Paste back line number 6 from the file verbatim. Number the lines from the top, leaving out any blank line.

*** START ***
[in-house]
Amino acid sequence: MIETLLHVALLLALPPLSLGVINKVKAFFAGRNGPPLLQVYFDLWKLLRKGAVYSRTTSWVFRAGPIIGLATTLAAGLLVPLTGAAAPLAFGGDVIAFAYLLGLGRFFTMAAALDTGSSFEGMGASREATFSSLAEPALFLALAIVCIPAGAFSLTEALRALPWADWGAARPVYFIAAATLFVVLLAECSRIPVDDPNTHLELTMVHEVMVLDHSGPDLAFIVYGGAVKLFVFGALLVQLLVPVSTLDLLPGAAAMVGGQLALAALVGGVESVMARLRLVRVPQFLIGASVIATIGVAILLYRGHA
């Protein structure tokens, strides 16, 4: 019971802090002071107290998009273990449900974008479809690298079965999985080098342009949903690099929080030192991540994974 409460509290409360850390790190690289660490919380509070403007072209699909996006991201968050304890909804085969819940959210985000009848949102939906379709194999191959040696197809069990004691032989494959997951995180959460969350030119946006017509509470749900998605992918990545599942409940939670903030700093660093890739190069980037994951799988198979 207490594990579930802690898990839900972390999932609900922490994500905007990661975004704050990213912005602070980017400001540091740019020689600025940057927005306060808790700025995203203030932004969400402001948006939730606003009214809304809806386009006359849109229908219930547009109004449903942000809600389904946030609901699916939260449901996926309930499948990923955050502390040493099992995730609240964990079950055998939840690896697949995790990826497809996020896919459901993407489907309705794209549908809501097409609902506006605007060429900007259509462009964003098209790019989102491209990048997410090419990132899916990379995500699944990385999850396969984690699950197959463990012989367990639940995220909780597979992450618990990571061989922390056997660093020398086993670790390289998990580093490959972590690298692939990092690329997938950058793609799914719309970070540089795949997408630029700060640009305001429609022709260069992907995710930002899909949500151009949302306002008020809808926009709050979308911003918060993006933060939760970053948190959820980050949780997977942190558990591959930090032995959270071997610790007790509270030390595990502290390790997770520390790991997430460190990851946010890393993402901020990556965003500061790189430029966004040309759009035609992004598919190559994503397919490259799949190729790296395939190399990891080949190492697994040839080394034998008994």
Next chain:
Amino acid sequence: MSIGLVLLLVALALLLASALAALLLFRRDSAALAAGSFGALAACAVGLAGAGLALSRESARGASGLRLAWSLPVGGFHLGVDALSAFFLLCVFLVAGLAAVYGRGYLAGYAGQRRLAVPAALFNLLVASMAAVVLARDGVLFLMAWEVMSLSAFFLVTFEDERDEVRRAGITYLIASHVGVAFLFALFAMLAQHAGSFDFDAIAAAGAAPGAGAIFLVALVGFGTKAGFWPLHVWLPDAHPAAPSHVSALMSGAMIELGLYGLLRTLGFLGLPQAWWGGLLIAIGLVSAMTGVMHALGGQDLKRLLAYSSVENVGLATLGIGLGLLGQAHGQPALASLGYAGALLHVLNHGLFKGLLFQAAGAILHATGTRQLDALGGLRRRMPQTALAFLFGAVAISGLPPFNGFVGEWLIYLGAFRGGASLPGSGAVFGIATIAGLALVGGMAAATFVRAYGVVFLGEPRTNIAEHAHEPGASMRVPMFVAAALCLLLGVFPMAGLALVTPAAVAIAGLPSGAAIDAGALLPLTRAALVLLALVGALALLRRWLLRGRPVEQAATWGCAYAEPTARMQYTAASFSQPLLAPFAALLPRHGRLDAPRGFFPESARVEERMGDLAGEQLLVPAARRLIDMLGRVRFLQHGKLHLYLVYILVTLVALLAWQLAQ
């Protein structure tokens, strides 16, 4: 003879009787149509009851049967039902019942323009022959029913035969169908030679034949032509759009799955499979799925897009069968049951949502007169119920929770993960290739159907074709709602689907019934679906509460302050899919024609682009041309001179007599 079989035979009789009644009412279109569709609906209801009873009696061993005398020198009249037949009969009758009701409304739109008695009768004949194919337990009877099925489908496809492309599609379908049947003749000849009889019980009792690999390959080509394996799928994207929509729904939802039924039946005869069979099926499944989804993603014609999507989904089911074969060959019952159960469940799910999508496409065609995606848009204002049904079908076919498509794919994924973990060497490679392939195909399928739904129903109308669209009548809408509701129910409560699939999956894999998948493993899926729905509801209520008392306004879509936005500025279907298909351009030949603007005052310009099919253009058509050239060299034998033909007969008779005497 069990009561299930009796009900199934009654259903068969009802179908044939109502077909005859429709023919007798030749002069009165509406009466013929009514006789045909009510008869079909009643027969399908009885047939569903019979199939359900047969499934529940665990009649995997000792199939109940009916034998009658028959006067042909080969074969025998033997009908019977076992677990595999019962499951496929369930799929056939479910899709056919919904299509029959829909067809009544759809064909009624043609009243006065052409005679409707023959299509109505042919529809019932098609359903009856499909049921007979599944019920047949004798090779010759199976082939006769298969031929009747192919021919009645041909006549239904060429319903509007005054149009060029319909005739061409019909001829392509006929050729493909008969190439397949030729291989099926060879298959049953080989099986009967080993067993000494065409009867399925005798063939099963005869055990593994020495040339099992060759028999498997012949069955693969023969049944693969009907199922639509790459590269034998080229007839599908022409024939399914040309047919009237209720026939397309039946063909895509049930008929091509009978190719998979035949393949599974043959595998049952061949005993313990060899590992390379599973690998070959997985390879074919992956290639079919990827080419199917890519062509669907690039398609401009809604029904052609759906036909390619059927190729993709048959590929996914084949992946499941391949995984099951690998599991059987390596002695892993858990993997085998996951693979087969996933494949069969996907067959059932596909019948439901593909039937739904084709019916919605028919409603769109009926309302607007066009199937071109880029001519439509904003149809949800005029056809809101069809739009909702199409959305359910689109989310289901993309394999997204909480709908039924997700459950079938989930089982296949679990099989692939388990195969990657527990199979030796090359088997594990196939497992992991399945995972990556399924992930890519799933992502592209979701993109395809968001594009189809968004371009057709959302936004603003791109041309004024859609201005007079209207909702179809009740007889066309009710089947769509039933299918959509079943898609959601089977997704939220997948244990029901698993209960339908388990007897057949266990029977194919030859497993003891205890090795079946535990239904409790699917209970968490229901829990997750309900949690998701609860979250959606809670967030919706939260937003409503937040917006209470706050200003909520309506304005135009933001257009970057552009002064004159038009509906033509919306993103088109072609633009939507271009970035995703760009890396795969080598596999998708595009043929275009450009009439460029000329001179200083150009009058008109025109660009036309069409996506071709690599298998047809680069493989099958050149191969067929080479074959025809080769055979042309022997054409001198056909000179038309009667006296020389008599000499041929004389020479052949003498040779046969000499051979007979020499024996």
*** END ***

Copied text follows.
């Protein structure tokens, strides 16, 4: 003879009787149509009851049967039902019942323009022959029913035969169908030679034949032509759009799955499979799925897009069968049951949502007169119920929770993960290739159907074709709602689907019934679906509460302050899919024609682009041309001179007599 079989035979009789009644009412279109569709609906209801009873009696061993005398020198009249037949009969009758009701409304739109008695009768004949194919337990009877099925489908496809492309599609379908049947003749000849009889019980009792690999390959080509394996799928994207929509729904939802039924039946005869069979099926499944989804993603014609999507989904089911074969060959019952159960469940799910999508496409065609995606848009204002049904079908076919498509794919994924973990060497490679392939195909399928739904129903109308669209009548809408509701129910409560699939999956894999998948493993899926729905509801209520008392306004879509936005500025279907298909351009030949603007005052310009099919253009058509050239060299034998033909007969008779005497 069990009561299930009796009900199934009654259903068969009802179908044939109502077909005859429709023919007798030749002069009165509406009466013929009514006789045909009510008869079909009643027969399908009885047939569903019979199939359900047969499934529940665990009649995997000792199939109940009916034998009658028959006067042909080969074969025998033997009908019977076992677990595999019962499951496929369930799929056939479910899709056919919904299509029959829909067809009544759809064909009624043609009243006065052409005679409707023959299509109505042919529809019932098609359903009856499909049921007979599944019920047949004798090779010759199976082939006769298969031929009747192919021919009645041909006549239904060429319903509007005054149009060029319909005739061409019909001829392509006929050729493909008969190439397949030729291989099926060879298959049953080989099986009967080993067993000494065409009867399925005798063939099963005869055990593994020495040339099992060759028999498997012949069955693969023969049944693969009907199922639509790459590269034998080229007839599908022409024939399914040309047919009237209720026939397309039946063909895509049930008929091509009978190719998979035949393949599974043959595998049952061949005993313990060899590992390379599973690998070959997985390879074919992956290639079919990827080419199917890519062509669907690039398609401009809604029904052609759906036909390619059927190729993709048959590929996914084949992946499941391949995984099951690998599991059987390596002695892993858990993997085998996951693979087969996933494949069969996907067959059932596909019948439901593909039937739904084709019916919605028919409603769109009926309302607007066009199937071109880029001519439509904003149809949800005029056809809101069809739009909702199409959305359910689109989310289901993309394999997204909480709908039924997700459950079938989930089982296949679990099989692939388990195969990657527990199979030796090359088997594990196939497992992991399945995972990556399924992930890519799933992502592209979701993109395809968001594009189809968004371009057709959302936004603003791109041309004024859609201005007079209207909702179809009740007889066309009710089947769509039933299918959509079943898609959601089977997704939220997948244990029901698993209960339908388990007897057949266990029977194919030859497993003891205890090795079946535990239904409790699917209970968490229901829990997750309900949690998701609860979250959606809670967030919706939260937003409503937040917006209470706050200003909520309506304005135009933001257009970057552009002064004159038009509906033509919306993103088109072609633009939507271009970035995703760009890396795969080598596999998708595009043929275009450009009439460029000329001179200083150009009058008109025109660009036309069409996506071709690599298998047809680069493989099958050149191969067929080479074959025809080769055979042309022997054409001198056909000179038309009667006296020389008599000499041929004389020479052949003498040779046969000499051979007979020499024996």